• Guidelines
    In recent years, HIV programmes worldwide have progressively shifted the burden of HIV management away from central hospitals towards primary care centres. At the same time, MSF has gradually handed over its ‘hands on’ clinical care of HIV and TB to partners, keeping only a technical support role for health ministry staff (the so-called ‘light approach’).
     
    Mentoring – which aims to develop knowledge and competencies of staff by applying newly acquired knowledge in the workplace under the guidance of a more experienced staff - was thus seen as the best way to increase the capacities of these partner staff.]
     
    The power and efficiency of mentoring as a successful, evidence based learning method has been widely experienced and documented, however little practical guidance exists of how to successfully implement mentoring in low resource settings.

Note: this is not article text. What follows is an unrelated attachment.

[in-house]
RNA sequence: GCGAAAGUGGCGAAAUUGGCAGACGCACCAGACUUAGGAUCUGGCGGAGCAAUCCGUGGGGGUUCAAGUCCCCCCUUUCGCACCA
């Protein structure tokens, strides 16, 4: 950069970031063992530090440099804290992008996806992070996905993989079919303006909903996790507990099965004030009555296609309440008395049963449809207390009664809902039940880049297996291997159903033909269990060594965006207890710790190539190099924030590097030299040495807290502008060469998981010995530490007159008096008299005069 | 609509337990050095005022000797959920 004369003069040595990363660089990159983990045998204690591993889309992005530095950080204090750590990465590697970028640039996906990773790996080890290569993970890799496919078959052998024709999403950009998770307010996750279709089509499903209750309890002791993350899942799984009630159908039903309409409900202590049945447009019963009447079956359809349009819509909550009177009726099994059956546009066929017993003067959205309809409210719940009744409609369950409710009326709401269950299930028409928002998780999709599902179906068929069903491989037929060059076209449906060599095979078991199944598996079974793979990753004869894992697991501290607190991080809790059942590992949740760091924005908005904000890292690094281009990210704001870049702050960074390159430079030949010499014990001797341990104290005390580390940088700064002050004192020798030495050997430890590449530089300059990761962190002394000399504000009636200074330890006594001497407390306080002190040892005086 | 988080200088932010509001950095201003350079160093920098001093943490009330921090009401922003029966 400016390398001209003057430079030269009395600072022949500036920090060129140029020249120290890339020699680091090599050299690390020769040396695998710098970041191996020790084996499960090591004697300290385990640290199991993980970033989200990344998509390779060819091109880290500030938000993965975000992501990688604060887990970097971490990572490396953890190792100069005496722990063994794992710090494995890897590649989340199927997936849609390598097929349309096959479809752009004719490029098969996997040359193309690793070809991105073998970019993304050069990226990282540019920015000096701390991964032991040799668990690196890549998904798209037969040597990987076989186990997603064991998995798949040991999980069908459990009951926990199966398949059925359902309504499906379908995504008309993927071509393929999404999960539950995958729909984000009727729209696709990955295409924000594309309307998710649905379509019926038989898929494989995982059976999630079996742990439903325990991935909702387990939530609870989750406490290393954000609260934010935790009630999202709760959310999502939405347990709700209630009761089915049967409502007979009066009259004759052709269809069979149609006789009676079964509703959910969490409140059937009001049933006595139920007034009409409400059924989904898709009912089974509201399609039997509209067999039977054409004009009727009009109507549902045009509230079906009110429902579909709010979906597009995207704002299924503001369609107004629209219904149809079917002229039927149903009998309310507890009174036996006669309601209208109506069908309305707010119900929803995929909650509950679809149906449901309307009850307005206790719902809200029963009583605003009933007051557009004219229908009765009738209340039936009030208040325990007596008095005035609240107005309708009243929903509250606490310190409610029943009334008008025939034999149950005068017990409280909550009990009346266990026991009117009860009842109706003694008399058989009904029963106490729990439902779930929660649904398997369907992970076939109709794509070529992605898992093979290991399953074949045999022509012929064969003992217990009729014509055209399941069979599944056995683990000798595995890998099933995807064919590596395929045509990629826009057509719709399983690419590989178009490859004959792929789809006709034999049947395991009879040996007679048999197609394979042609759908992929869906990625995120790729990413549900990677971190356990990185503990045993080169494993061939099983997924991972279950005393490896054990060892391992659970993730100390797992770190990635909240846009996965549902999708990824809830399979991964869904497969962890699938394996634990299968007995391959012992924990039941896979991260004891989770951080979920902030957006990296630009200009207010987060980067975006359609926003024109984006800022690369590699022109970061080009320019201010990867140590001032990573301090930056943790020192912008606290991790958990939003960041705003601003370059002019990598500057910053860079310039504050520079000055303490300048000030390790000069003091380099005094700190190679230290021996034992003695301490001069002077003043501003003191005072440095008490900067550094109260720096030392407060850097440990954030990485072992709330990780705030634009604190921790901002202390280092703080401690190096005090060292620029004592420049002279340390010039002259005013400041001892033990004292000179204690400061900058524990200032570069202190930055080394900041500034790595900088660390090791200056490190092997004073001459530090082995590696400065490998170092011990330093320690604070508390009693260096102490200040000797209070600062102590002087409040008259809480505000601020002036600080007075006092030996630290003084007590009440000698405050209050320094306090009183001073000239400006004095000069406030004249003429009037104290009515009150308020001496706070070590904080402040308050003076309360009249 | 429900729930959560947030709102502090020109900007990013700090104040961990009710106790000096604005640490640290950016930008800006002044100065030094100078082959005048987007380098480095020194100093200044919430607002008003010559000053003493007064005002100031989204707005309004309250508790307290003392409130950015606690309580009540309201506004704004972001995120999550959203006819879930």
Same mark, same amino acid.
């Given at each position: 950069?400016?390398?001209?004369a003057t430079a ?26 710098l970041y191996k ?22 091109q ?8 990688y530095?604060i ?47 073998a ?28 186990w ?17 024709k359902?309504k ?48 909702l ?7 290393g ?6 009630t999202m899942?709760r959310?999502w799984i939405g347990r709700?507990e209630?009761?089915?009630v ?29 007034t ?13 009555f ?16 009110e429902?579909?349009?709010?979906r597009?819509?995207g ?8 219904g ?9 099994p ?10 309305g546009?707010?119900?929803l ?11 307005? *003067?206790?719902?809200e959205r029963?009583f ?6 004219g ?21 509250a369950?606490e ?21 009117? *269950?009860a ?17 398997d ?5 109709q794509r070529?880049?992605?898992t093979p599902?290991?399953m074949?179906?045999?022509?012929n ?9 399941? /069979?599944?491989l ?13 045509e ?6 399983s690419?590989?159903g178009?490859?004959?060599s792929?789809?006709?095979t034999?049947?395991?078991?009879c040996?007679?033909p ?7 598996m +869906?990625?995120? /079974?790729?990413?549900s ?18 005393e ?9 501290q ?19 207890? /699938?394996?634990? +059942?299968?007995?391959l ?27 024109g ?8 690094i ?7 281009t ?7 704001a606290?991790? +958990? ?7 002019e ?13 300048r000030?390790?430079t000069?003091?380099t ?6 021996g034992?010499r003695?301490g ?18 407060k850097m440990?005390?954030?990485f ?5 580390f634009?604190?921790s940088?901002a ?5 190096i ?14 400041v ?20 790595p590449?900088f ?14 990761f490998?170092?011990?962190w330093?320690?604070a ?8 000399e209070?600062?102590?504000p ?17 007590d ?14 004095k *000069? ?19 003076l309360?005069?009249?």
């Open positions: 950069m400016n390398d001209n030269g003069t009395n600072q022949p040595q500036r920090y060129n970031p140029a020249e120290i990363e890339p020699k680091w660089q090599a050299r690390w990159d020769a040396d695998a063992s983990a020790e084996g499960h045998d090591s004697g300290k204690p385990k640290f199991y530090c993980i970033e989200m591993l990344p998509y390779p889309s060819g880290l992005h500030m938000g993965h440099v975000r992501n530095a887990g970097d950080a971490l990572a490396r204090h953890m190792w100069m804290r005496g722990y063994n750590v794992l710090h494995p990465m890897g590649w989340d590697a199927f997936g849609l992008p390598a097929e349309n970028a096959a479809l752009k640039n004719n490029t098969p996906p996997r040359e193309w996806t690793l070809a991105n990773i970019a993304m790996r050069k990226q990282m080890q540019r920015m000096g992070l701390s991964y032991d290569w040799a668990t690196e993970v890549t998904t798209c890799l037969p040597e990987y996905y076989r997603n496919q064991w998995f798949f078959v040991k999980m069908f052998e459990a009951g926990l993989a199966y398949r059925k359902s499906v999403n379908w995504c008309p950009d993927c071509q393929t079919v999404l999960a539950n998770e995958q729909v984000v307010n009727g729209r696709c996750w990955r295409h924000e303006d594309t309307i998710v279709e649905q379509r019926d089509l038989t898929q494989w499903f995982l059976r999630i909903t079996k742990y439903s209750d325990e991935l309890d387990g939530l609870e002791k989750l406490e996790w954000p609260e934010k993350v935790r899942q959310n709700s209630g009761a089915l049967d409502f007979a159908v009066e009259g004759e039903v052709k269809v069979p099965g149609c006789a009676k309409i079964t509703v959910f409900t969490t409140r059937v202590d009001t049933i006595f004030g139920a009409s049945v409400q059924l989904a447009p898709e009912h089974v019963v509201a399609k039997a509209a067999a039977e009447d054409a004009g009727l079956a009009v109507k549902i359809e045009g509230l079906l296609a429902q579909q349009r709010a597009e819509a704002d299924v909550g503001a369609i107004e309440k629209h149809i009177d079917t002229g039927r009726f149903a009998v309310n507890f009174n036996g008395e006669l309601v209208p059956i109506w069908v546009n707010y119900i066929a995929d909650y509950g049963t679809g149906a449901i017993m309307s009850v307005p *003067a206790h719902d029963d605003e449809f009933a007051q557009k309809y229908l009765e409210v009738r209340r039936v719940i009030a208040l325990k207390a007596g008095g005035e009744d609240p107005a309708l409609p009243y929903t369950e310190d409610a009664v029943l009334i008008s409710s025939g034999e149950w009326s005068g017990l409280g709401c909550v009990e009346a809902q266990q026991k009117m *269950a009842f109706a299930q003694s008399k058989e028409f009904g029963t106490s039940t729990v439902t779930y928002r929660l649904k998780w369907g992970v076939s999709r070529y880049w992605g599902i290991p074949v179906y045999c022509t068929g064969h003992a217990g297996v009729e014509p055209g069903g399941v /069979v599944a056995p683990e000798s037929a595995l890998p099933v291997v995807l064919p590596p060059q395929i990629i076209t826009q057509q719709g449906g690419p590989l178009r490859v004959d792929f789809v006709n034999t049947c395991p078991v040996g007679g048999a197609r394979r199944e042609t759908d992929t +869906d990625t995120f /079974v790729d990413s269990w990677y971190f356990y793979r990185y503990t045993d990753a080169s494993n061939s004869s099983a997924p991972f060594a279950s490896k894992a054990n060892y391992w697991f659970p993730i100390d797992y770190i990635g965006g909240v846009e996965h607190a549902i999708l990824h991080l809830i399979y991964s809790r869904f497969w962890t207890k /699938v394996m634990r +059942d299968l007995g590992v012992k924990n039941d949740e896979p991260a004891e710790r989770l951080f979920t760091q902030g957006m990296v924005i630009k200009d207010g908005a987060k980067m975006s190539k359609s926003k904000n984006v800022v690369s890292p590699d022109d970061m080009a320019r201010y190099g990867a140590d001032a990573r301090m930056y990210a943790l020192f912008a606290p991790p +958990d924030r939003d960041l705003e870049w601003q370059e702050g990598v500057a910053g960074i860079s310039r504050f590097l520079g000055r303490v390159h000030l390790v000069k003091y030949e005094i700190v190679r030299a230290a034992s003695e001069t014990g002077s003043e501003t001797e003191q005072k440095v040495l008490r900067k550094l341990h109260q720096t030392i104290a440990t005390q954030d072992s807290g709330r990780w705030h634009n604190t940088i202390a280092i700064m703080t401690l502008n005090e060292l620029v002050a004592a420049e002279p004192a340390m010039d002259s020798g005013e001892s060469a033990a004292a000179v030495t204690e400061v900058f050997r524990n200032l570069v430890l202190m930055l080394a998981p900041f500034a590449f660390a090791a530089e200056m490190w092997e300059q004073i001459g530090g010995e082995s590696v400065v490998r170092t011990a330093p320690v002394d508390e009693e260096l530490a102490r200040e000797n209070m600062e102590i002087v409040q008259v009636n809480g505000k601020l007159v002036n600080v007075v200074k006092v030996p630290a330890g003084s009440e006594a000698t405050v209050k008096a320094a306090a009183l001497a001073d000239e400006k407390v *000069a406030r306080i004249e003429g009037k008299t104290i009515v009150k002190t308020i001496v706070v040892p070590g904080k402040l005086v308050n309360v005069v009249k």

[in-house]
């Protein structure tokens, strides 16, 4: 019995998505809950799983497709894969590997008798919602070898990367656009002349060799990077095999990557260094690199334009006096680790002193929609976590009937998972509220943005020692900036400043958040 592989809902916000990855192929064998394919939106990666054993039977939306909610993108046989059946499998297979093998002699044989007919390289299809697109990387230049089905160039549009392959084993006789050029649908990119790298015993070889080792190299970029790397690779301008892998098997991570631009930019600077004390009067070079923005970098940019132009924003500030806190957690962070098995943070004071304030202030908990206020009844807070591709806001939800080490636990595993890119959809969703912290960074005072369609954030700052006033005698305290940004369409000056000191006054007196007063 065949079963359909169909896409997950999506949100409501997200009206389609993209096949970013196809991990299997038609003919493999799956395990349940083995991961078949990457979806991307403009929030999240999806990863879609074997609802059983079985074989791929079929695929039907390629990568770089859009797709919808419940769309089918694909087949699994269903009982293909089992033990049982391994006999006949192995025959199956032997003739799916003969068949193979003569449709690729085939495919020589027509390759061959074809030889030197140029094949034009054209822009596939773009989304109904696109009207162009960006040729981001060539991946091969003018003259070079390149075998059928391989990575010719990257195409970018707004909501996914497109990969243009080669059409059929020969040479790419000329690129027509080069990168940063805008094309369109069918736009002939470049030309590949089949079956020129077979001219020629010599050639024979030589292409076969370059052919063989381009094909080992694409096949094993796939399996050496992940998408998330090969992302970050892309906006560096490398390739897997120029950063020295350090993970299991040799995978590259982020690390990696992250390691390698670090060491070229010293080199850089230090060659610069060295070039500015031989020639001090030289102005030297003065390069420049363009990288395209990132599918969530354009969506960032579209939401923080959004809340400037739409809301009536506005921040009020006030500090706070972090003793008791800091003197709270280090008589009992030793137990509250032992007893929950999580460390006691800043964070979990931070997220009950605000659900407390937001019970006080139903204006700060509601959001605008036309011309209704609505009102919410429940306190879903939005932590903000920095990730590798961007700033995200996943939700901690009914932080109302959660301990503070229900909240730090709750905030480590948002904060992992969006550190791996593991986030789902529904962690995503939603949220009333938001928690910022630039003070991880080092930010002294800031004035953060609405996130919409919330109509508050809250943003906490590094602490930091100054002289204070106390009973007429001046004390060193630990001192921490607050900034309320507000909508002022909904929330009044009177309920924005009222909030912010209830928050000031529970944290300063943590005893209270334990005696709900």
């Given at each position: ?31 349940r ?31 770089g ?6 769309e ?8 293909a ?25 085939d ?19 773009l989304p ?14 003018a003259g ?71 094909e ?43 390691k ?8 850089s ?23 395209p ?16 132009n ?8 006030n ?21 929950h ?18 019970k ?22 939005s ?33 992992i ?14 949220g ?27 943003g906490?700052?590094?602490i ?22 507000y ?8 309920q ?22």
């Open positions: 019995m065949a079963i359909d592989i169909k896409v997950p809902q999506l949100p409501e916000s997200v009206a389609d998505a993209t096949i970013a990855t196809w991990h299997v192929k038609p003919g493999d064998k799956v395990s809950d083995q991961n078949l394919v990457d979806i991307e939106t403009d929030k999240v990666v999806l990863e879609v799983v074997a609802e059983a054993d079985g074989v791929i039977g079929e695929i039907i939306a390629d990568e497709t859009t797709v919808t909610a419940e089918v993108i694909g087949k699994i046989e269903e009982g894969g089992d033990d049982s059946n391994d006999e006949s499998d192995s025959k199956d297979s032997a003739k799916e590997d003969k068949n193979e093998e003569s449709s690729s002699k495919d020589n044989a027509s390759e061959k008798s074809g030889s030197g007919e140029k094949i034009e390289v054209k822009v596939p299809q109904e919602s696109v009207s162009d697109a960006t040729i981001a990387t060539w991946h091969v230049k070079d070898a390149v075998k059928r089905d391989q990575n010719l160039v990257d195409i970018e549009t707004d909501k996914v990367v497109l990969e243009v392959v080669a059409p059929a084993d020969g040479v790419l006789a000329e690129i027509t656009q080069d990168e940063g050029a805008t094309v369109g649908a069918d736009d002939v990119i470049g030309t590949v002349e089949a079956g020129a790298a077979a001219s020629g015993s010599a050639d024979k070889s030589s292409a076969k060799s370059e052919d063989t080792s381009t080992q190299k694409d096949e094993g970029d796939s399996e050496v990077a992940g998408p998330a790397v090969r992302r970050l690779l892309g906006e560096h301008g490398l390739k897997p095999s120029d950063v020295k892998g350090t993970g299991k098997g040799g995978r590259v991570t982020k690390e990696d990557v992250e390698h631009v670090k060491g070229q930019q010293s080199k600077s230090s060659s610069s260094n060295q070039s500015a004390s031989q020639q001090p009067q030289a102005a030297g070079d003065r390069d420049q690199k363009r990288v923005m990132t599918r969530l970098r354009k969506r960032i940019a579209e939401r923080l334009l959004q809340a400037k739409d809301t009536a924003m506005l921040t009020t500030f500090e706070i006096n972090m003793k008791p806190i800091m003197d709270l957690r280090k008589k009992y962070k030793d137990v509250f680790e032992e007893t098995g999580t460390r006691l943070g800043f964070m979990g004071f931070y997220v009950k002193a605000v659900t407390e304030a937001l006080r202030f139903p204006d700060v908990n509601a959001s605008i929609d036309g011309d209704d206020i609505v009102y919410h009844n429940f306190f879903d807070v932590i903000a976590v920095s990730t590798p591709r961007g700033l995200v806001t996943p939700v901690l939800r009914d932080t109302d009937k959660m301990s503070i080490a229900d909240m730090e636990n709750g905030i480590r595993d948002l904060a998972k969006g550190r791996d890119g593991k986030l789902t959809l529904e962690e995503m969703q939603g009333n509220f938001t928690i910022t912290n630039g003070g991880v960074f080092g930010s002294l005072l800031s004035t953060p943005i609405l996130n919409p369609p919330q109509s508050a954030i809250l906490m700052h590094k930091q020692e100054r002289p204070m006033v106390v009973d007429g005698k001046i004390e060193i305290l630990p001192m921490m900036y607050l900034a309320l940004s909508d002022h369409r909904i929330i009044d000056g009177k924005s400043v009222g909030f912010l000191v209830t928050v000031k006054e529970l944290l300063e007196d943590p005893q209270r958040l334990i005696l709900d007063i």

To answer this need, SAMU has documented the challenges and key factors for successful mentoring from MSF mentoring programmes in Lesotho, South Africa, Zimbabwe, Kenya, Malawi, DRC and Guinea. These have been framed in a new ‘Clinical Mentoring Programme Guide’ which provides a framework for project teams to integrate mentoring into their intervention, as well as tools to help mentors and mentees create a successful ‘learning relationship.’
  • Training Resources

    Mentoring requires nurses, doctors or counsellors to develop both their clinical and teaching/communication skills. To support this process, SAMU also offers an on-site five-day ‘Training of Trainers-Mentors’ (ToT-M) for field projects wanting to implement mentoring. Tips from the ToT-M are then collated in a Mentoring Job Aide – one-pager flash-cards summarizing key concepts of mentoring, didactic teaching or communication.

     
  • Additional resources
    No resources currently available.
  • Corrections
    No resources currently available.
  • Updates
    No resources currently available.